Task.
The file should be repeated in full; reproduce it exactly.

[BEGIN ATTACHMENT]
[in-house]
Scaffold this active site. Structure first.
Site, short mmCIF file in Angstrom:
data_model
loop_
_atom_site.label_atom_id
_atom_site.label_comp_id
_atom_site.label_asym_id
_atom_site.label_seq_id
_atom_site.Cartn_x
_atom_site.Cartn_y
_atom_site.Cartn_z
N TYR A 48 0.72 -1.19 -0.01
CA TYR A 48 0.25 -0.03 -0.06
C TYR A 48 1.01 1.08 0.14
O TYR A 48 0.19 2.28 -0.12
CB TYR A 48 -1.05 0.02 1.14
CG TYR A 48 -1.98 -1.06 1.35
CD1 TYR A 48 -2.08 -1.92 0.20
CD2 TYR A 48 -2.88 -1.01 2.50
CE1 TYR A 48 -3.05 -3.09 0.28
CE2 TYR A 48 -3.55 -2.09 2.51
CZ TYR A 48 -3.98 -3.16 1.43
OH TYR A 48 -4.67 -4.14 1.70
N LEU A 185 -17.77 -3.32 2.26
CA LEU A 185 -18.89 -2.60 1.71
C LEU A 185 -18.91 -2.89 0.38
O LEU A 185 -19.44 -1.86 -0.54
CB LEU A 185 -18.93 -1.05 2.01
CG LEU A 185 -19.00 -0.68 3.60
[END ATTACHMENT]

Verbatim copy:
[in-house]
Scaffold this active site. Structure first.
Site, short mmCIF file in Angstrom:
data_model
loop_
_atom_site.label_atom_id
_atom_site.label_comp_id
_atom_site.label_asym_id
_atom_site.label_seq_id
_atom_site.Cartn_x
_atom_site.Cartn_y
_atom_site.Cartn_z
N TYR A 48 0.72 -1.19 -0.01
CA TYR A 48 0.25 -0.03 -0.06
C TYR A 48 1.01 1.08 0.14
O TYR A 48 0.19 2.28 -0.12
CB TYR A 48 -1.05 0.02 1.14
CG TYR A 48 -1.98 -1.06 1.35
CD1 TYR A 48 -2.08 -1.92 0.20
CD2 TYR A 48 -2.88 -1.01 2.50
CE1 TYR A 48 -3.05 -3.09 0.28
CE2 TYR A 48 -3.55 -2.09 2.51
CZ TYR A 48 -3.98 -3.16 1.43
OH TYR A 48 -4.67 -4.14 1.70
N LEU A 185 -17.77 -3.32 2.26
CA LEU A 185 -18.89 -2.60 1.71
C LEU A 185 -18.91 -2.89 0.38
O LEU A 185 -19.44 -1.86 -0.54
CB LEU A 185 -18.93 -1.05 2.01
CG LEU A 185 -19.00 -0.68 3.60